When you're in an argument with your spouse, it always SEEMS that the important thing is WHAT you're arguing about. But that's not what matters. The important thing is HOW you argue. And Gottman's book tells you exactly how to avoid what doesn't work.
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58 of 67 people found the following review helpful By A Customer on August 21, 2002
Format: Paperback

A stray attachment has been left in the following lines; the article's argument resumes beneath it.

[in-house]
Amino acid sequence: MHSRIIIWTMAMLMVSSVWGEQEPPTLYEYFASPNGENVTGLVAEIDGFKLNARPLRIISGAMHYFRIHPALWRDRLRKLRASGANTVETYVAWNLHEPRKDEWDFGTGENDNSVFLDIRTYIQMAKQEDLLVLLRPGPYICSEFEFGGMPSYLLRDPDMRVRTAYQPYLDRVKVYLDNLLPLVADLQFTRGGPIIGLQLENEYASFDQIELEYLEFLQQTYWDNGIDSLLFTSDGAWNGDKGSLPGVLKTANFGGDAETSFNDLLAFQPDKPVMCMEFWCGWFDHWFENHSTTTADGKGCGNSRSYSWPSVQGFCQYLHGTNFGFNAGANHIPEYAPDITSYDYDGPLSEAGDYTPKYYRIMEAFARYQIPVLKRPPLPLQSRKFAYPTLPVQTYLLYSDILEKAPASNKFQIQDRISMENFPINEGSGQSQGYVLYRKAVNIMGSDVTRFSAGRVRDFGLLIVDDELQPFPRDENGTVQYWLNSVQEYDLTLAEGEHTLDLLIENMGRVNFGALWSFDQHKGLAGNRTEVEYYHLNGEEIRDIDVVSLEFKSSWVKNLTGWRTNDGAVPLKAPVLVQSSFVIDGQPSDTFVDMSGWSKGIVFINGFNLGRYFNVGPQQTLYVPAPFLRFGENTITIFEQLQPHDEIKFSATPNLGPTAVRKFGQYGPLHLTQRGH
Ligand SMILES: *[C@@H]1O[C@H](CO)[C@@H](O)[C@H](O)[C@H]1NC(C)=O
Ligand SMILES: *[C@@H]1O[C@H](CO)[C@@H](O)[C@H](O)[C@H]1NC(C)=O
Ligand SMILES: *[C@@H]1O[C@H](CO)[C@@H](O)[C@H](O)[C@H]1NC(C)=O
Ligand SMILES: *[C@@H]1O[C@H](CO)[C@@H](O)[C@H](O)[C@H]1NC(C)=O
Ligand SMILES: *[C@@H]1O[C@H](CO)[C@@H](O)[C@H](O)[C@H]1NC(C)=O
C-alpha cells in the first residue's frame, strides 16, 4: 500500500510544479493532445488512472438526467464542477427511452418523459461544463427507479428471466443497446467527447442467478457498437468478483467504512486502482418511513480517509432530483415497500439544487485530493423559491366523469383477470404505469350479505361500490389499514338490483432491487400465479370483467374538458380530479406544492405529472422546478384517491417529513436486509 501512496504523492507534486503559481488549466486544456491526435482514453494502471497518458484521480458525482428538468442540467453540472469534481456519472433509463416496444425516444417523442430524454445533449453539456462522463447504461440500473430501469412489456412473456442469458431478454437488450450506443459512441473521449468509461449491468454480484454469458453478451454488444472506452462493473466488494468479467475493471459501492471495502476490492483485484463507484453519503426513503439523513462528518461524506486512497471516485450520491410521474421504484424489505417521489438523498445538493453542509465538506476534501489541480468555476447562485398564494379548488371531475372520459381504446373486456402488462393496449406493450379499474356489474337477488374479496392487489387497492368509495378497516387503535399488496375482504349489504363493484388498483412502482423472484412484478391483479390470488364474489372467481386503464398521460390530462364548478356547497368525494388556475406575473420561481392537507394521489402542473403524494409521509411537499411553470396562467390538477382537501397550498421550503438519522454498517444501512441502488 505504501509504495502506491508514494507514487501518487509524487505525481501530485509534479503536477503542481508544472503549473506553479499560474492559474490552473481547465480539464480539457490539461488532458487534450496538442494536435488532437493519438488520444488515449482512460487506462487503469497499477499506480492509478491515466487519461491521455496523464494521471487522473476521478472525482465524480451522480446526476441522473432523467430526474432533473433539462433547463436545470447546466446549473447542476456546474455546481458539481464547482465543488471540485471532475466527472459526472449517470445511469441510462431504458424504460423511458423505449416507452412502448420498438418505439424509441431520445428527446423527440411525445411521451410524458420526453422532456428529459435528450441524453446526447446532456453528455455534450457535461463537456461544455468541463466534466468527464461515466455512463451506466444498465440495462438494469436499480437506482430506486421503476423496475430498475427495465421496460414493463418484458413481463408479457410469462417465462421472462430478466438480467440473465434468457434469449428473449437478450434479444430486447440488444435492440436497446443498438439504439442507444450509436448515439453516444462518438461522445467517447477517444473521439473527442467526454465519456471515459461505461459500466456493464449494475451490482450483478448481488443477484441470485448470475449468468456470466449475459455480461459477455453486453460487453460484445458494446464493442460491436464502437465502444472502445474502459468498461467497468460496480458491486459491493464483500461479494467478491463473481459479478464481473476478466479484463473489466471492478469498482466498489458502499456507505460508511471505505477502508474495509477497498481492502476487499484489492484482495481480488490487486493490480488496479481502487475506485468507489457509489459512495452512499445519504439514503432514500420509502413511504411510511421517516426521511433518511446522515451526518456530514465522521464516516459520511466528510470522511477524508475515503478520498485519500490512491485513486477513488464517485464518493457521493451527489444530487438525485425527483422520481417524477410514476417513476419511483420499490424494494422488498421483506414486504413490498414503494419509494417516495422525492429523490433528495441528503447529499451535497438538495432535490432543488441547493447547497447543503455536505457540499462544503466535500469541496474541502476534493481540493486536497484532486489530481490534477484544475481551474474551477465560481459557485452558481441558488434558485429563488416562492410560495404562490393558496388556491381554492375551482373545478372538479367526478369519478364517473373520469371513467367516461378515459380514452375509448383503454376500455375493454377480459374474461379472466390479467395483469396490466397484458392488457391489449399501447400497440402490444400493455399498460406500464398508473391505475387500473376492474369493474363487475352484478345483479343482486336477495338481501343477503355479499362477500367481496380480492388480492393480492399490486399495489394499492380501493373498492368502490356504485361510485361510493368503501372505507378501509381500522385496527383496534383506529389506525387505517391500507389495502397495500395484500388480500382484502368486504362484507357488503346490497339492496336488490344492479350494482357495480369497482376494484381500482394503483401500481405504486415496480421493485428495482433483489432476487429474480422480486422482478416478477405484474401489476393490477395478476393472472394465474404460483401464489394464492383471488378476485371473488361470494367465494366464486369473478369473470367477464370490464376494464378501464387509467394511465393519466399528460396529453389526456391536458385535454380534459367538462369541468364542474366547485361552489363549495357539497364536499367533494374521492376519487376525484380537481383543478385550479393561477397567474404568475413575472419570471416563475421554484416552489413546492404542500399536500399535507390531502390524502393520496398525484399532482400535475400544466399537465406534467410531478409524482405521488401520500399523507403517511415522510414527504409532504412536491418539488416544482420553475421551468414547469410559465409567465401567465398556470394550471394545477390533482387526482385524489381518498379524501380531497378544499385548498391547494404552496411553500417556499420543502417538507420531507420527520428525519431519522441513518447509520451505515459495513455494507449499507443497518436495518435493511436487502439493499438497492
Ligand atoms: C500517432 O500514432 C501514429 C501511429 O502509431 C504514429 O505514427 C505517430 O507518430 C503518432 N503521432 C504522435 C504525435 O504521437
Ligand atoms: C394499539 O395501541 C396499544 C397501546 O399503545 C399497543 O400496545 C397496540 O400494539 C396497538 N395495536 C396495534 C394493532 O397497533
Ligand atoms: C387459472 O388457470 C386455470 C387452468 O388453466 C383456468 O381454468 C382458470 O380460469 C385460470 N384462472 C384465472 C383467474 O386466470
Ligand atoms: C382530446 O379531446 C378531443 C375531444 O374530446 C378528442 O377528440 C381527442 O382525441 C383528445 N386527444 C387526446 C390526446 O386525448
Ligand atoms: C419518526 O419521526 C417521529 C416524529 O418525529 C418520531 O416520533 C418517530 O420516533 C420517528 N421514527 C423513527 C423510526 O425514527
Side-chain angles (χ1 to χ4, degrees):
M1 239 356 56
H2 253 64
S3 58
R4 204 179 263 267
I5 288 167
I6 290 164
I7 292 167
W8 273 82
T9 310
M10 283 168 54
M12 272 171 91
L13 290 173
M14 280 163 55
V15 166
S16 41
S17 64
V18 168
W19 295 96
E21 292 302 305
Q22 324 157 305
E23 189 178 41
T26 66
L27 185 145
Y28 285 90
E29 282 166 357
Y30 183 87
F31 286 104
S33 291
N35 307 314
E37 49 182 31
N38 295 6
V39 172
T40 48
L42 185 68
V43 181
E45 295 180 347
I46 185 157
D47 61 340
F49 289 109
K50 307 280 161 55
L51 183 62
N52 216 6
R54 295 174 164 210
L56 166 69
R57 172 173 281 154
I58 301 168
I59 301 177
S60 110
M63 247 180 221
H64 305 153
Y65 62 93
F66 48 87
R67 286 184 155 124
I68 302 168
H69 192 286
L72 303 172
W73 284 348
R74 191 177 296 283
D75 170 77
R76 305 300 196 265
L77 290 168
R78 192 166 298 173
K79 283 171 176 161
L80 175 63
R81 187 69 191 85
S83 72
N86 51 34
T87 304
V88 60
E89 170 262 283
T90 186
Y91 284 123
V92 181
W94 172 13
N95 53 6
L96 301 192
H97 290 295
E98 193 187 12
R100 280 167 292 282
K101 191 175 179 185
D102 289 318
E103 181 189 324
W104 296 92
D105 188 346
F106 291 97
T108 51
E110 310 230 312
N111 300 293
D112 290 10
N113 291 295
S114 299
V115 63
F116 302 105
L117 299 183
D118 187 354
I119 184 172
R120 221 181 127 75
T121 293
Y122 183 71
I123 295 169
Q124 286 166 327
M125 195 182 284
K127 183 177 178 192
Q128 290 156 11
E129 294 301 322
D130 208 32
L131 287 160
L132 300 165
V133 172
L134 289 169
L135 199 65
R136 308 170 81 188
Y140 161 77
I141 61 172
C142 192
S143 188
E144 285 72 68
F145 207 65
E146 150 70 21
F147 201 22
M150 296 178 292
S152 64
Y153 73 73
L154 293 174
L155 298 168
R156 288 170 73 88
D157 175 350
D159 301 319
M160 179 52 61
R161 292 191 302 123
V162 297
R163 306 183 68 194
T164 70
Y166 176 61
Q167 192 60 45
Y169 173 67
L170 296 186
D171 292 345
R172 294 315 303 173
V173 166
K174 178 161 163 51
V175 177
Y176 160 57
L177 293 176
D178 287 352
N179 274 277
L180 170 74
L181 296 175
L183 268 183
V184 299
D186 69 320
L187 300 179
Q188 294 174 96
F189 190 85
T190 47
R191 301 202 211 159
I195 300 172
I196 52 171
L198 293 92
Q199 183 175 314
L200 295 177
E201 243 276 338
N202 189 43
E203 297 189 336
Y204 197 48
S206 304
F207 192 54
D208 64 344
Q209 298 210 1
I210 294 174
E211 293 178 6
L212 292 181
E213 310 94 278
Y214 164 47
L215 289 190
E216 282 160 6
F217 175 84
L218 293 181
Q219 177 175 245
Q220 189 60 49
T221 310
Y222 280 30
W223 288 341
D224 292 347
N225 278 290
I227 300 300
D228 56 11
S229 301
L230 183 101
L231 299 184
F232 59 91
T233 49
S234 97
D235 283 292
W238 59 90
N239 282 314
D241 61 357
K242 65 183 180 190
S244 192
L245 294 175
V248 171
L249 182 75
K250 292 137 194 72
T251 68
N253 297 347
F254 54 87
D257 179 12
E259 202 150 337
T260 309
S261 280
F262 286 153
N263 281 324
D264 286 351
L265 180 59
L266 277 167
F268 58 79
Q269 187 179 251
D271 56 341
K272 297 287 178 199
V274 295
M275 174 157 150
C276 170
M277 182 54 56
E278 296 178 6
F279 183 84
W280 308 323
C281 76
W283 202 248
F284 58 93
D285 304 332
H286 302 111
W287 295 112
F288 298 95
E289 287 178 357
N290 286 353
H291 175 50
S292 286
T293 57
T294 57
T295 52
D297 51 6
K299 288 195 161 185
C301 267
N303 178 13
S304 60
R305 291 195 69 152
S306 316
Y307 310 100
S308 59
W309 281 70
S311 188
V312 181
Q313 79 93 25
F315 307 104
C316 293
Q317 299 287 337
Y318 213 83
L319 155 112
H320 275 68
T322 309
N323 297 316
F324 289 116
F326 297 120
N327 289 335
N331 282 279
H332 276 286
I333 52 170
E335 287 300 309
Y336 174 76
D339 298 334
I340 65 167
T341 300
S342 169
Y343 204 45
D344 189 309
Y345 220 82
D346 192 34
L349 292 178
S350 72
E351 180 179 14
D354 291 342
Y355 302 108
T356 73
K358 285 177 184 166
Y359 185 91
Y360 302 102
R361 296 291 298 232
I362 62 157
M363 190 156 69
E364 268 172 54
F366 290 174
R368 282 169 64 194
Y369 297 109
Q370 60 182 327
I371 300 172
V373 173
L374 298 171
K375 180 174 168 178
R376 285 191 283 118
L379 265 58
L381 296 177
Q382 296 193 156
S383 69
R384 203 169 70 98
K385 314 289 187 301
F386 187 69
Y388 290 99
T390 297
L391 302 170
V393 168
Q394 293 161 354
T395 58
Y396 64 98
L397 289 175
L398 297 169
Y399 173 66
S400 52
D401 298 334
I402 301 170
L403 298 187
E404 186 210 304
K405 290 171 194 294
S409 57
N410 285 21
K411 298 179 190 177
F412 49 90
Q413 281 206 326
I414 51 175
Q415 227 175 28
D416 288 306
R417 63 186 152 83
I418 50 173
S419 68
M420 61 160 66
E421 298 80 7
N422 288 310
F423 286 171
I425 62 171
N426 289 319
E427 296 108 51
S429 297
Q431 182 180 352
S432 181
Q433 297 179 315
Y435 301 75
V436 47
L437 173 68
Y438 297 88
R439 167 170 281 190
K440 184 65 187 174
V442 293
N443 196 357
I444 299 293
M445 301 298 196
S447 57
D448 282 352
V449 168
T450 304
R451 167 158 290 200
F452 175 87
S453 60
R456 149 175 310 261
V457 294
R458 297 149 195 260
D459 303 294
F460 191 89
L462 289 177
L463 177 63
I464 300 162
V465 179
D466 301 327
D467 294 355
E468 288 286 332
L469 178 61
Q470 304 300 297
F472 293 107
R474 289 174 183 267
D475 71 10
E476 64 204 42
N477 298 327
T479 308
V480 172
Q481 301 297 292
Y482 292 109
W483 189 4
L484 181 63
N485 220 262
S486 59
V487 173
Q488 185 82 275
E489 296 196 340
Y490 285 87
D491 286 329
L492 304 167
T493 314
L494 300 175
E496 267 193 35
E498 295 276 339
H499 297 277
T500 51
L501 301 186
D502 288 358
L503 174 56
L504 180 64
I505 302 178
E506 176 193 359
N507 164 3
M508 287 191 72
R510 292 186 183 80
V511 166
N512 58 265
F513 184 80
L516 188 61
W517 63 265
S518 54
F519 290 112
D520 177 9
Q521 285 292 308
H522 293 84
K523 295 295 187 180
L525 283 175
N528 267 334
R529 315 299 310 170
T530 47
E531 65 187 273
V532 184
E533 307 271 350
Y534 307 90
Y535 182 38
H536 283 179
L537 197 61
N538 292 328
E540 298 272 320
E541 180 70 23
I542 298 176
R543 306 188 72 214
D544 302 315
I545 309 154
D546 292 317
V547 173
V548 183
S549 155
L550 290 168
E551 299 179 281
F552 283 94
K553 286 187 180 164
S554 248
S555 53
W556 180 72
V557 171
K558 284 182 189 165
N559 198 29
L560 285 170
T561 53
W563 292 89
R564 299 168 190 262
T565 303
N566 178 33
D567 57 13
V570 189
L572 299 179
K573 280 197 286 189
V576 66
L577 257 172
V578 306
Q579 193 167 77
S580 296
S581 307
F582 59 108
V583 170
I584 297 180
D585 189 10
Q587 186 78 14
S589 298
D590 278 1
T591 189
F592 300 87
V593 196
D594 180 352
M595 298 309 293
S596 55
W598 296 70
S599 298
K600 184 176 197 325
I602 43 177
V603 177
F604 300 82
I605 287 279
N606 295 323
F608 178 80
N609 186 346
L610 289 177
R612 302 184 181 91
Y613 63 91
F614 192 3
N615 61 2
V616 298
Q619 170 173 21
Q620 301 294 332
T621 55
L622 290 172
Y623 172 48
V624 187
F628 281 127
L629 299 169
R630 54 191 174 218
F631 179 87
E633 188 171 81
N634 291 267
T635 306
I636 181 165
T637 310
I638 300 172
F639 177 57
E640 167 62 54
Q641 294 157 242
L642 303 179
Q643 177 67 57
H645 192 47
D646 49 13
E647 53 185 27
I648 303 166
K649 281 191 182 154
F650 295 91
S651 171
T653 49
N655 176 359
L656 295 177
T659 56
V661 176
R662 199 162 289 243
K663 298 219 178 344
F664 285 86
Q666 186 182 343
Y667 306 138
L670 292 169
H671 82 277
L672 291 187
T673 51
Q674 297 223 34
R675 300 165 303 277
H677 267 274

The author's ability to communicate his research in the first half of the book may make the book worth a read. He offers a refreshing look into marital styles, as well as problems that can creep into marriages. While this is interesting, the guidance offered for working through these difficulties is weak. The second half of the book, therefore, is not particularly interesting or helpful. My sense was that, at the time of publishing, the author had scientifically identified patterns and interactions in marriages that indicate when they are in trouble, but he had not yet identified methods to help these couples work through these problems. In addition, his identification of some differences between men and women was superficial. He seemed to have little insight into what men are motivated by, think about, or are worried about. Instead, he characterized them as sex-hungry and unable to communicate, with the solution being that women should just accept them that way. Neither the characterization nor the solution was helpful, accurate, or complete.